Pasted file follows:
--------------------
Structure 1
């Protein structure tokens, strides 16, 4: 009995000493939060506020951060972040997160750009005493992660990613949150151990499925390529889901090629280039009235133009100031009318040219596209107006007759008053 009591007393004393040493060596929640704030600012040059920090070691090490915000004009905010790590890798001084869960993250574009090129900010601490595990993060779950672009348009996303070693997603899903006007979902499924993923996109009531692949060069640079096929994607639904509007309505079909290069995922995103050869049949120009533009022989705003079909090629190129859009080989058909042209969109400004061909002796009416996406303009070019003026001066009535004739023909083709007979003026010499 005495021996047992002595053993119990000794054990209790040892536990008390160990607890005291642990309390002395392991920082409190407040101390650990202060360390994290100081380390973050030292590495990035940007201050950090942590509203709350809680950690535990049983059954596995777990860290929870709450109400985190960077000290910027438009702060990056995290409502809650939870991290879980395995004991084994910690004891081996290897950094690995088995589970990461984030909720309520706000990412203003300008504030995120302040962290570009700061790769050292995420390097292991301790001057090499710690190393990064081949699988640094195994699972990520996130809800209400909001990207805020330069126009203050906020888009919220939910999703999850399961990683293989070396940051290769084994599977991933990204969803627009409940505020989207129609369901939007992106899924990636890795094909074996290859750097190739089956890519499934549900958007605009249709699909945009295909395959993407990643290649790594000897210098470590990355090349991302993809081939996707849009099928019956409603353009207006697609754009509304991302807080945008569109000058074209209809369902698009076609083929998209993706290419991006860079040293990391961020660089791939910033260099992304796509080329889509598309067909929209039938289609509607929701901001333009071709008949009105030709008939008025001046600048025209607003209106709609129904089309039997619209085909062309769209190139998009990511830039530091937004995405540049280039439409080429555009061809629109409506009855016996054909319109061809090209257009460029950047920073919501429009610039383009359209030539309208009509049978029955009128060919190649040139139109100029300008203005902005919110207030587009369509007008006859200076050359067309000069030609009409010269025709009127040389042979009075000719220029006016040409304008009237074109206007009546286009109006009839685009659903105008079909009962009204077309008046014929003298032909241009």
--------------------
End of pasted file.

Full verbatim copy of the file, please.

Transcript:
Structure 1
């Protein structure tokens, strides 16, 4: 009995000493939060506020951060972040997160750009005493992660990613949150151990499925390529889901090629280039009235133009100031009318040219596209107006007759008053 009591007393004393040493060596929640704030600012040059920090070691090490915000004009905010790590890798001084869960993250574009090129900010601490595990993060779950672009348009996303070693997603899903006007979902499924993923996109009531692949060069640079096929994607639904509007309505079909290069995922995103050869049949120009533009022989705003079909090629190129859009080989058909042209969109400004061909002796009416996406303009070019003026001066009535004739023909083709007979003026010499 005495021996047992002595053993119990000794054990209790040892536990008390160990607890005291642990309390002395392991920082409190407040101390650990202060360390994290100081380390973050030292590495990035940007201050950090942590509203709350809680950690535990049983059954596995777990860290929870709450109400985190960077000290910027438009702060990056995290409502809650939870991290879980395995004991084994910690004891081996290897950094690995088995589970990461984030909720309520706000990412203003300008504030995120302040962290570009700061790769050292995420390097292991301790001057090499710690190393990064081949699988640094195994699972990520996130809800209400909001990207805020330069126009203050906020888009919220939910999703999850399961990683293989070396940051290769084994599977991933990204969803627009409940505020989207129609369901939007992106899924990636890795094909074996290859750097190739089956890519499934549900958007605009249709699909945009295909395959993407990643290649790594000897210098470590990355090349991302993809081939996707849009099928019956409603353009207006697609754009509304991302807080945008569109000058074209209809369902698009076609083929998209993706290419991006860079040293990391961020660089791939910033260099992304796509080329889509598309067909929209039938289609509607929701901001333009071709008949009105030709008939008025001046600048025209607003209106709609129904089309039997619209085909062309769209190139998009990511830039530091937004995405540049280039439409080429555009061809629109409506009855016996054909319109061809090209257009460029950047920073919501429009610039383009359209030539309208009509049978029955009128060919190649040139139109100029300008203005902005919110207030587009369509007008006859200076050359067309000069030609009409010269025709009127040389042979009075000719220029006016040409304008009237074109206007009546286009109006009839685009659903105008079909009962009204077309008046014929003298032909241009």